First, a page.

With so much information around stress available we have also posted a list of the myths surrounding the condition.
Six myths about stress
Six myths surround stress. Dispelling them enables us to understand our problems and then take action against them. Let's look at these myths.
Myth 1: Stress is the same for everybody.
Completely wrong. Stress is different for each of us. What is stressful for one person may or may not be stressful for another; each of us responds to stress in an entirely different way.
Myth 2: Stress is always bad for you.
According to this view, zero stress makes us happy and healthy. Wrong. Stress is to the human condition what tension is to the violin string: too little and the music is dull and raspy; too much and the music is shrill or the string snaps. Stress can be the kiss of death or the spice of life. The issue, really, is how to manage it. Managed stress makes us productive and happy; mismanaged stress hurts and even kills us.
Myth 3: Stress is everywhere, so you can't do anything about it.
Not so. You can plan your life so that stress does not overwhelm you. Effective planning involves setting priorities and working on simple problems first, solving them, and then going on to more complex difficulties. When stress is mismanaged, it's difficult to prioritize. All your problems seem to be equal and stress seems to be everywhere.
Myth 4: The most popular techniques for reducing stress are the best ones.
Again, not so. No universally effective stress reduction techniques exist. We are all different, our lives are different, our situations are different, and our reactions are different. Only a comprehensive program tailored to the individual works.
Myth 5: No symptoms, no stress.
Absence of symptoms does not mean the absence of stress. In fact, camouflaging symptoms with medication may deprive you of the signals you need for reducing the strain on your physiological and psychological systems.
Myth 6: Only major symptoms of stress require attention.
This myth assumes that the "minor" symptoms, such as headaches or stomach acid, may be safely ignored. Minor symptoms of stress are the early warnings that your life is getting out of hand and that you need to do a better job of managing stress.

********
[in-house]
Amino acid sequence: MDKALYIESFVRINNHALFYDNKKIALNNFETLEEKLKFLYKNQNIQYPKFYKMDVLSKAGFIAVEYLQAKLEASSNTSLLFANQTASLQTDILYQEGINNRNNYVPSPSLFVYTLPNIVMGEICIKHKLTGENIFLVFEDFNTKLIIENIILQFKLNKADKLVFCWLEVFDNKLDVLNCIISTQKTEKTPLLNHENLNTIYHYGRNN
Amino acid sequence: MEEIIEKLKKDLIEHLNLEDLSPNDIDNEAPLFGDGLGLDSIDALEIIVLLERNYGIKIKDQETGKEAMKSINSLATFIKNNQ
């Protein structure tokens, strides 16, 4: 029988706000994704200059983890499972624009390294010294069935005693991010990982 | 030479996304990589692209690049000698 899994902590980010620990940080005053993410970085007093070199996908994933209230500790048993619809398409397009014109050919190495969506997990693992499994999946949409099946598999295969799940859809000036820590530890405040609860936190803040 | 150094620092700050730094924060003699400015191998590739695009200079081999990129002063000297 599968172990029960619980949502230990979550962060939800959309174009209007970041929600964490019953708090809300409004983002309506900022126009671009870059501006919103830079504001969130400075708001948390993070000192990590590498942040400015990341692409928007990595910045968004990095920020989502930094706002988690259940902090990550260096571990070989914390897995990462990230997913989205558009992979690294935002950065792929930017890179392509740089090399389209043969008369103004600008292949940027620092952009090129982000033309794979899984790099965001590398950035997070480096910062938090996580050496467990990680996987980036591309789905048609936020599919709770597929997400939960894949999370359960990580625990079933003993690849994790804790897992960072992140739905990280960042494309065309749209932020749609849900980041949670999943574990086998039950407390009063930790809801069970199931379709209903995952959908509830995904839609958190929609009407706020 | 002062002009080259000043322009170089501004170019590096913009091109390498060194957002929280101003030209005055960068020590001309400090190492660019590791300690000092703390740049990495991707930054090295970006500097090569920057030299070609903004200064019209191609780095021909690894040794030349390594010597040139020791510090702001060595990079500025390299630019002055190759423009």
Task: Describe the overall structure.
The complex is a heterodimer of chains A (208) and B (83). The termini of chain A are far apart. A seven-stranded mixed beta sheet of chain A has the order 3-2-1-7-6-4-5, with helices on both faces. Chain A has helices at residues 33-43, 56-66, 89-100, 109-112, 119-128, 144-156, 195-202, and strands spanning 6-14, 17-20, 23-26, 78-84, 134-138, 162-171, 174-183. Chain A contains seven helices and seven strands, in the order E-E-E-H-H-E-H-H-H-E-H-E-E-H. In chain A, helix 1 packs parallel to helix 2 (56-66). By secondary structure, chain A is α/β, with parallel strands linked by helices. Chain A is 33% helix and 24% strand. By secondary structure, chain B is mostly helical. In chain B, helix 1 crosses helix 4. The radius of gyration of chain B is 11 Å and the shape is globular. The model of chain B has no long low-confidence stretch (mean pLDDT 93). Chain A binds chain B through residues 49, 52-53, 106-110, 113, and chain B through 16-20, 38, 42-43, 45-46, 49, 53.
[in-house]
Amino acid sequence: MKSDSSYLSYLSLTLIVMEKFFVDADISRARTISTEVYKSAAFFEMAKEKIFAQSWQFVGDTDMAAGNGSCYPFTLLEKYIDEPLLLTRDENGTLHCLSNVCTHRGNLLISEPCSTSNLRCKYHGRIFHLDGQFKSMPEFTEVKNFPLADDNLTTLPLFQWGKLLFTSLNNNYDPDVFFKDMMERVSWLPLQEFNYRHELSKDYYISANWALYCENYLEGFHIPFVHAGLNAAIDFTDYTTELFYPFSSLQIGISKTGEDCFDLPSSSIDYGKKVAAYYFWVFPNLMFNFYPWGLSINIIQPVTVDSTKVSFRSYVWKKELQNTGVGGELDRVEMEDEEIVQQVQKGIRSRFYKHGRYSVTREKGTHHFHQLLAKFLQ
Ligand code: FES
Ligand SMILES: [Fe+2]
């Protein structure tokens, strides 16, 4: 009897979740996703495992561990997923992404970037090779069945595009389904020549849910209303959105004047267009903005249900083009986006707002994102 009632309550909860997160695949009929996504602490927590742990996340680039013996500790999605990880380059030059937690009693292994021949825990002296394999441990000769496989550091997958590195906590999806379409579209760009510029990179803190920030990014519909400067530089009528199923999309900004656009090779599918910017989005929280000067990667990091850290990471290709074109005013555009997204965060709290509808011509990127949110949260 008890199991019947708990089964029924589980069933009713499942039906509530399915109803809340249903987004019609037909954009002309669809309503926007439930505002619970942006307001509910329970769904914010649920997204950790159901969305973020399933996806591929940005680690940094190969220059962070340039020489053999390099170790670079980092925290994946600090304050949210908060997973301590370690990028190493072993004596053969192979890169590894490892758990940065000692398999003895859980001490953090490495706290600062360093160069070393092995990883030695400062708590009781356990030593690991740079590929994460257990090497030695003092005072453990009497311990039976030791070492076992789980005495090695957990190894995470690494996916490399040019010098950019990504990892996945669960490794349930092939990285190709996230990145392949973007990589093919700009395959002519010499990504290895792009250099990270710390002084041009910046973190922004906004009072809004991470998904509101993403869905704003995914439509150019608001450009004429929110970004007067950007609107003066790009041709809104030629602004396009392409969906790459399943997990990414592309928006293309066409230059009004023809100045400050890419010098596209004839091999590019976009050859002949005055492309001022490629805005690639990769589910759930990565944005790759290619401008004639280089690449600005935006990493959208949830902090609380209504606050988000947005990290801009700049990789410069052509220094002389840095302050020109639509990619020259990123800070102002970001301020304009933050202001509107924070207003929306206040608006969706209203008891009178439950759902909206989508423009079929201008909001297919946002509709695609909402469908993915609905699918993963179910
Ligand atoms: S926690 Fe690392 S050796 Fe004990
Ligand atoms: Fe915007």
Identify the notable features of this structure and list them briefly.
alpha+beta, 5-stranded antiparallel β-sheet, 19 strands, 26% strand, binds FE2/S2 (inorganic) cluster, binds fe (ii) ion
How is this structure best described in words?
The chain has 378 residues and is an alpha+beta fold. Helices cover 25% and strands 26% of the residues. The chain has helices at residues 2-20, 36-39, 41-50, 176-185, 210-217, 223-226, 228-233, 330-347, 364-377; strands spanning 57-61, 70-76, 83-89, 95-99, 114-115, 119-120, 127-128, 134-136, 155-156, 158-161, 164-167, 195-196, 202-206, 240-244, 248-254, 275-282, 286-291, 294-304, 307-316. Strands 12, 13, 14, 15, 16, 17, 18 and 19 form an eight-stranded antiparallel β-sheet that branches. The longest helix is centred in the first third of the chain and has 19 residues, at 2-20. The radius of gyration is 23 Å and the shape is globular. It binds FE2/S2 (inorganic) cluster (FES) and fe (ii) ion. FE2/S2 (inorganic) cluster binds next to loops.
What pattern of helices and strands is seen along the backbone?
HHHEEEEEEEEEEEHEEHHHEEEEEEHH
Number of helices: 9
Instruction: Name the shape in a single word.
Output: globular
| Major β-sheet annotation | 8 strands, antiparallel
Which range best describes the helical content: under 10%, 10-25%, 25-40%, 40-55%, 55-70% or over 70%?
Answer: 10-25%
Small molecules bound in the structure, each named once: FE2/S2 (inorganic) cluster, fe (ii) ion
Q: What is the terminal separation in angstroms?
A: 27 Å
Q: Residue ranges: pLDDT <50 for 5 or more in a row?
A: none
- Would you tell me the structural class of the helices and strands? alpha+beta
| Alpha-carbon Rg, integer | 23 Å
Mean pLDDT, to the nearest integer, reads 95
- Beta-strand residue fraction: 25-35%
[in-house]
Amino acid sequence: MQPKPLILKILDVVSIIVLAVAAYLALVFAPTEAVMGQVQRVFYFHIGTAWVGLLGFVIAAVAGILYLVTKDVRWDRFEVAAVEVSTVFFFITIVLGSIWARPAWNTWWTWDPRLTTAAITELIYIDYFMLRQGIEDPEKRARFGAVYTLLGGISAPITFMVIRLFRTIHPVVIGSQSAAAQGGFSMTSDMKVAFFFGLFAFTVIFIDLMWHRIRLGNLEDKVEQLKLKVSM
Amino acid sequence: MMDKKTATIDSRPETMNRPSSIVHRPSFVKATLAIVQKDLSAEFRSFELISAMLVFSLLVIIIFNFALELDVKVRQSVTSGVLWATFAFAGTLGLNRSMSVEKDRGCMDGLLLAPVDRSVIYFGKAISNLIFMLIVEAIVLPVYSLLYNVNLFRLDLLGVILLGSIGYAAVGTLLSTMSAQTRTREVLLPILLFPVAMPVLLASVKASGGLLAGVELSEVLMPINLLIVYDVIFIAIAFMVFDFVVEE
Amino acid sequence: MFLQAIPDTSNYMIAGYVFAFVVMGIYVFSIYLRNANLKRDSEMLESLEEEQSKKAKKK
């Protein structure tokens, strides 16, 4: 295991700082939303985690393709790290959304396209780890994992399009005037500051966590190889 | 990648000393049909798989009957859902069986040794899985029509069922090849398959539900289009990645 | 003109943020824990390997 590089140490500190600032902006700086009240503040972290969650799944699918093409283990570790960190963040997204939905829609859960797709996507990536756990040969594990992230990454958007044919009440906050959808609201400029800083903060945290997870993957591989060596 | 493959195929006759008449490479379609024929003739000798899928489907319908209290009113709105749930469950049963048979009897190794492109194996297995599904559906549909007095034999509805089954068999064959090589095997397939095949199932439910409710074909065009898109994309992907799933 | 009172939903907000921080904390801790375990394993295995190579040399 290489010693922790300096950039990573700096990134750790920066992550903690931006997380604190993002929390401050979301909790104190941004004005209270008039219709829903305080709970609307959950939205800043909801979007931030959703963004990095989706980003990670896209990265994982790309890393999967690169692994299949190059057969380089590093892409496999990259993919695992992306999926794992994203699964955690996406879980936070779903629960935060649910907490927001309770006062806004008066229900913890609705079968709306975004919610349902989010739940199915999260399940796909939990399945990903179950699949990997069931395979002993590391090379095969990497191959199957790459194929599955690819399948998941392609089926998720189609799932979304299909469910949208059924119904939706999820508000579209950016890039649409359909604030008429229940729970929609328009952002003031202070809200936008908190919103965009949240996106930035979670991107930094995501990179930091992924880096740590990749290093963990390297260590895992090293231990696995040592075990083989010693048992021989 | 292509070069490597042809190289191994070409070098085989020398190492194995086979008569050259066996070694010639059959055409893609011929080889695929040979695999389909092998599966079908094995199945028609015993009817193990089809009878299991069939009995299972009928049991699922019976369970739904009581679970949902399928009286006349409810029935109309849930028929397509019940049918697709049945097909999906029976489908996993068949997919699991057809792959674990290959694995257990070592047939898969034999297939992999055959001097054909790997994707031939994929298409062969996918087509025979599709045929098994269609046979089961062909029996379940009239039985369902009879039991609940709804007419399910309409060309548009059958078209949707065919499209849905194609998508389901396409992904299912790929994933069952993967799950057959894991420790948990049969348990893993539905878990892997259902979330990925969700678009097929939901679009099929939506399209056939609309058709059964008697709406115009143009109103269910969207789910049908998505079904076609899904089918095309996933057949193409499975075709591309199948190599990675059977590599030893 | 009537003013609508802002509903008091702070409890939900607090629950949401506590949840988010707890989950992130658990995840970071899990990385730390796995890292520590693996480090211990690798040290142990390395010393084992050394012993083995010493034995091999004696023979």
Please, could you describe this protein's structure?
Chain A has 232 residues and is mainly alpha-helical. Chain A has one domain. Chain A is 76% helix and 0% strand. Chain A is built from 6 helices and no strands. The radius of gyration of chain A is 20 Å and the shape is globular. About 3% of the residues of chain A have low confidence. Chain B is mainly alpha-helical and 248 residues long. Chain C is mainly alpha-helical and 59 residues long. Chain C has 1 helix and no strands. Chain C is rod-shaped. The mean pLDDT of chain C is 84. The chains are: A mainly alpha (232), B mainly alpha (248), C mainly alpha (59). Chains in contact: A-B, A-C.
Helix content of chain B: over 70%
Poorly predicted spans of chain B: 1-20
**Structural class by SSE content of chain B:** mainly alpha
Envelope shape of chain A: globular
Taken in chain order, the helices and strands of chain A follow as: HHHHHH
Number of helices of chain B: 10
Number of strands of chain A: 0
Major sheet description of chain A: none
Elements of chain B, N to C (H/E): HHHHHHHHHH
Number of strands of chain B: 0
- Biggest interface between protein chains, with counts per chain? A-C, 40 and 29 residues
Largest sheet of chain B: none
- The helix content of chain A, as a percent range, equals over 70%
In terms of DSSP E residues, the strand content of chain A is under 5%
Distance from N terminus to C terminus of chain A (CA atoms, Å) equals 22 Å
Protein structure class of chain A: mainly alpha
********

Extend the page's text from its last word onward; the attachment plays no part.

Adapted from The Stress Solution by Lyle H. Miller, Ph.D., and Alma Dell Smith, Ph.D.
Stress Relief comes in many forms.
Although bringing a pet to work could come with practical difficulties, a trial at an American company suggested it improved people's job satisfaction.
Dog owners also reported that it reduced their feelings of stress, which previous studies suggest can lead to higher rates of absence and lower productivity.
Researchers from Virginia Commonwealth University studied 75 people at a manufacturing company where each day for a trial week 20 to 30 people were allowed to bring their dogs to work.
Using samples of saliva taken throughout the day they compared levels of stress hormones among people who brought in their pets, people who owned dogs but left them at home, and staff who did not have pets.
First thing in the morning there was no difference between the groups, but during the day stress levels declined among people who had their dogs by their side and increased among the other two groups.
Should I be allowed to bring my dog to work?
Having dogs in the workplace appeared to improve morale among all members of staff, regardless of whether their pets were present, the researchers reported in the International Journal of Workplace Health Management.
Randolph Barker, who led the study, said: "The differences in perceived stress between days the dog was present and absent were significant. The employees as a whole had higher job satisfaction than industry norms."